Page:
Sunday, 16 March 2014

River Dee At Little Blackhall And Inchmarlo

When I was kindly invited by Ken Reid to come over for a cast on the Dee at Little Blackhall and Inchmarlo, I didn't need to think about it for long before accepting his offer. The beat had caught a few fish recently which is always good to hear and this added to the anticipation of getting out onto the Dee again in pursuit of Salmo Salar.

I met Ken and Terry Paton, the Inchmarlo ghillie, at the hut just before 9am. The water had risen quite sharply the night before but we were pleased to see it was dropping nicely for us when we arrived. The gauge was reading about 4ft and the water was carrying a nice peaty colour to it. We sat in the hut for an hour or so having a good discussion on all things fishing related before deciding to give the upper pools of the beat a run through. Fishing deep was to be the order of the day so I tackled up with my H/I/S3 Guideline 3D shooting head and a 10ft 5.6 inch per second tip on the end of that. My fly of choice was an 1 1/2" Swallow tied on a copper tube. I chose this fly because of the nice, bright orange and yellow fox wing which is a good combo for the peaty water.

I  was to start at the upper most pool on the beat called the Ice House and fish my way down from there. I fished the Ice House and Holly Bush pools without a touch and made my way into the Nellie Hogg pool. Terry had came up to see how I was doing and told me there was a good spot just off where the bank stuck out further than the rest. Sure enough, just as my fly came round, it was taken by a fish. At first, I thought it was a Brown Trout as it didn't really do that much apart for some little head shakes. Soon enough though, we realised it was a salmon as it took off upstream and kept on boring down into the deeper parts of the pool. The fish put up a cracking scrap for it's size and after several minutes, Terry slid the net under a sparkling fresh fish which on closer inspection it was still carrying some sea lice on it. Terry weighed the fish in the net and it was 6lbs. Ken arrived just as we were returning the fish and he suggested we head off for a dram to celebrate. Ken and I fished the rest of the morning without seeing or touching any other fish so we retired to the hut lunch.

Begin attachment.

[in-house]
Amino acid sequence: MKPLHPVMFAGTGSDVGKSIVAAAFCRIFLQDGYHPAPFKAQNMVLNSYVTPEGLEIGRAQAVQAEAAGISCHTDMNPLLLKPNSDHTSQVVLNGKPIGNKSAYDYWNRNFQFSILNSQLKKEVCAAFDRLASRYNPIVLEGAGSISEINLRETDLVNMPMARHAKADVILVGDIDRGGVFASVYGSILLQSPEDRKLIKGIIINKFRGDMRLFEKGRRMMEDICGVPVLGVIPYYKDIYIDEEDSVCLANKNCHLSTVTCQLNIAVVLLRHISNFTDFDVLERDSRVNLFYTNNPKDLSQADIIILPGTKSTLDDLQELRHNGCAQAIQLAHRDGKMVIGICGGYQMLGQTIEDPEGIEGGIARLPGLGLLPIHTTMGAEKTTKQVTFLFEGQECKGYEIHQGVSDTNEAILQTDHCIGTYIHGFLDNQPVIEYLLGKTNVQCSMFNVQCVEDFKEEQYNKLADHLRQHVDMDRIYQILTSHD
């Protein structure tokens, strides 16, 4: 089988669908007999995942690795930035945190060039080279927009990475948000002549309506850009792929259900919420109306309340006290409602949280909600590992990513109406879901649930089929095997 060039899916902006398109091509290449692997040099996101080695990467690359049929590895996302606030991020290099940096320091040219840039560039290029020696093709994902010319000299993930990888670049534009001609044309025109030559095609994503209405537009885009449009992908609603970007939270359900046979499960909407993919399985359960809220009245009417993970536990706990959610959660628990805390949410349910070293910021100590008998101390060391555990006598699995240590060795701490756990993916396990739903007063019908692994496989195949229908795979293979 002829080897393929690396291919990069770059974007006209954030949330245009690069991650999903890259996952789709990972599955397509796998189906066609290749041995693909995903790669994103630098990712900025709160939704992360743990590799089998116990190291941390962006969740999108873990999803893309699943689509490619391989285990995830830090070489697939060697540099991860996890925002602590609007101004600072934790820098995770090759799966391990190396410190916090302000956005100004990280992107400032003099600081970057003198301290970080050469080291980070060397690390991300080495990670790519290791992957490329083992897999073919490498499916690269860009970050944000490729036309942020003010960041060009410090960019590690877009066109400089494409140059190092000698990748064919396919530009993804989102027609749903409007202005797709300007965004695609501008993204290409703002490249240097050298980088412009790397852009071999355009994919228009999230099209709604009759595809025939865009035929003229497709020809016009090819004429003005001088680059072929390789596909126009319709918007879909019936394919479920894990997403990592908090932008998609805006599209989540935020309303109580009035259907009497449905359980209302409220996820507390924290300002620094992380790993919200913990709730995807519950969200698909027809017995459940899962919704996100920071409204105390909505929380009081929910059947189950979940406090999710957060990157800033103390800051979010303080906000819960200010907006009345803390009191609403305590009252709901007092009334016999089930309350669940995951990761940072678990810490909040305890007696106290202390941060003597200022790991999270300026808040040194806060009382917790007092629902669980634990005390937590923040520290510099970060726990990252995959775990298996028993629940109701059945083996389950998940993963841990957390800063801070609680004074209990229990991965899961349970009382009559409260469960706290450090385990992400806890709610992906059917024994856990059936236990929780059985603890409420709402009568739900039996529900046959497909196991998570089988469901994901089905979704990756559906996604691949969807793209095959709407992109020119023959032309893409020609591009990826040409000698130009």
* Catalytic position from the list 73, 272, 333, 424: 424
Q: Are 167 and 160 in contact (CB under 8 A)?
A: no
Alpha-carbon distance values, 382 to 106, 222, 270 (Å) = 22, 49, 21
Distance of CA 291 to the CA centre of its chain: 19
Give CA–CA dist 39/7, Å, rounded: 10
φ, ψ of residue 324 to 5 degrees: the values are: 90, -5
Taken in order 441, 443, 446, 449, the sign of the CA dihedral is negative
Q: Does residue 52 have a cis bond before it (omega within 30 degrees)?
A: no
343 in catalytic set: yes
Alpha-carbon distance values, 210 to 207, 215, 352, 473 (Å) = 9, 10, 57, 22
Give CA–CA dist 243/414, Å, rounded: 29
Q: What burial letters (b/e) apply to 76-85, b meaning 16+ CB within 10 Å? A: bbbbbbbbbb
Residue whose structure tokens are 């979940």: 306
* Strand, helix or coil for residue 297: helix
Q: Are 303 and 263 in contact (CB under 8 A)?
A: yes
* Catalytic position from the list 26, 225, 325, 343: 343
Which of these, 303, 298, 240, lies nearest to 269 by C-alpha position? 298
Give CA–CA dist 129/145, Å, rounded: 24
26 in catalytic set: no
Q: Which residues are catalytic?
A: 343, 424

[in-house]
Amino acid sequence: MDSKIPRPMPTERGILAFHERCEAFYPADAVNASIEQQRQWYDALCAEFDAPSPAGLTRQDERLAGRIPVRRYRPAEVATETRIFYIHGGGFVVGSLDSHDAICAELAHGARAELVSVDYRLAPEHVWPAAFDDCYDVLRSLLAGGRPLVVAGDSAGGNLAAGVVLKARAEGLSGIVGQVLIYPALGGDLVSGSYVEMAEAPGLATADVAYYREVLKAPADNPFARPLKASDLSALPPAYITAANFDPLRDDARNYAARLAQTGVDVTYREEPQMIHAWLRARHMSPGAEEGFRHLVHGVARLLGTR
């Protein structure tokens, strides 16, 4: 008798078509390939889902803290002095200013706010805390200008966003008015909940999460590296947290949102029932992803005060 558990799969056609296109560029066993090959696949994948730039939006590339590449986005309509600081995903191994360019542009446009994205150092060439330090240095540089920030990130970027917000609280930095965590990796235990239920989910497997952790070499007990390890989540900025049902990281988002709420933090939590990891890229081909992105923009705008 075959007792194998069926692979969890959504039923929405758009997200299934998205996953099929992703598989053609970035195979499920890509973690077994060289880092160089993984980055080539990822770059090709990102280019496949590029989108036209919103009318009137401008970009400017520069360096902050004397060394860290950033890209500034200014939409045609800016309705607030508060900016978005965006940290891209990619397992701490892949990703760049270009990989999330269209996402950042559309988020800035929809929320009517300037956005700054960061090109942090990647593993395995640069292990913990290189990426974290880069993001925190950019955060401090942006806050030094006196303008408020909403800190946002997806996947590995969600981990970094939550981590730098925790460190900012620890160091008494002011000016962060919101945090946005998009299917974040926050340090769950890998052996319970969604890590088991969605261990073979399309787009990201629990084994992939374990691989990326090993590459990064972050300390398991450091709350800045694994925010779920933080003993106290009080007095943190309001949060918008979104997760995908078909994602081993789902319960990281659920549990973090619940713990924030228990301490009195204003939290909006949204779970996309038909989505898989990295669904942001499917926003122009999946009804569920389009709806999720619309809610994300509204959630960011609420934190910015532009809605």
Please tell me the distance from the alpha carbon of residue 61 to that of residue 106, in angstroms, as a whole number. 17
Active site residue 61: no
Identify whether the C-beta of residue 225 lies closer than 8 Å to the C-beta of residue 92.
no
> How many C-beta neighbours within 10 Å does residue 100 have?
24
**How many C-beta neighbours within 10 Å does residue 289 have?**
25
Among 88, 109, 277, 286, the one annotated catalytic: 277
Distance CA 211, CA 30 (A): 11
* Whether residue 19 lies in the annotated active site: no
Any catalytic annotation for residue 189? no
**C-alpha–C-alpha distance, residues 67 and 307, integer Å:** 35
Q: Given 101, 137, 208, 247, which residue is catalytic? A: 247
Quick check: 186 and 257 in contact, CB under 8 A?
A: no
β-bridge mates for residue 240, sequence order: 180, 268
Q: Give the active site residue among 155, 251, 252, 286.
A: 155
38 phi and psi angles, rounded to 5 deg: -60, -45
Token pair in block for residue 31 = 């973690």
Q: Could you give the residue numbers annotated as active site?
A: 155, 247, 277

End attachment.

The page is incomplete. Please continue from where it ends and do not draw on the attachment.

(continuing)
After lunch, I was to fish the famous Roe Pot pool but the wind was now blowing strongly down stream and this made casting very difficult at times. However, I fished on through the pool without a touch so Terry suggested heading back up to the top of the beat for another crack at it. Again, I was to start at the top of the beat and work my way down. As the water had dropped and cleared a good bit, I changed flies to a Monkey. I fished on through the Ice House, Holly Bush, and Nellie Hogg pools without a touch but almost every cast you were just waiting for the line to tighten. As the afternoon wore on, the wind was nearing gale force so I decided to call it a day about 4.30pm.

It's always a pleasure fishing the Dee and big thanks to Terry and Ken for inviting me along. It was good getting a fish when I was invited onto the beat and when that fish was a cracking wee springer, it's all the sweeter!

Here are a few pictures from my day.

The fishing hut at Inchmarlo.
The Ice House Pool at the top of the beat.
Fishing out of Ice House and into the Holly Bush pool.
Nellie Hogg Pool. Lovely for fishing the fly.
My 6lb Springer for the Nellie Hogg Pool. It was still carrying some sea lice.
The Swallow. The fly that done the damage. I copied the pattern from Ian Gordon's website

Terry and I have a wee dram to toast getting a fish.

Floating Bank. At this height fishing the fly hard into the bank was required.
Looking upstream from the lower part of the Roe Pot.
The Roe Pot. Looking downstream on one of the most famous pools on the River Dee.
Looking down stream into the Roe Pot from outside the fishing hut.

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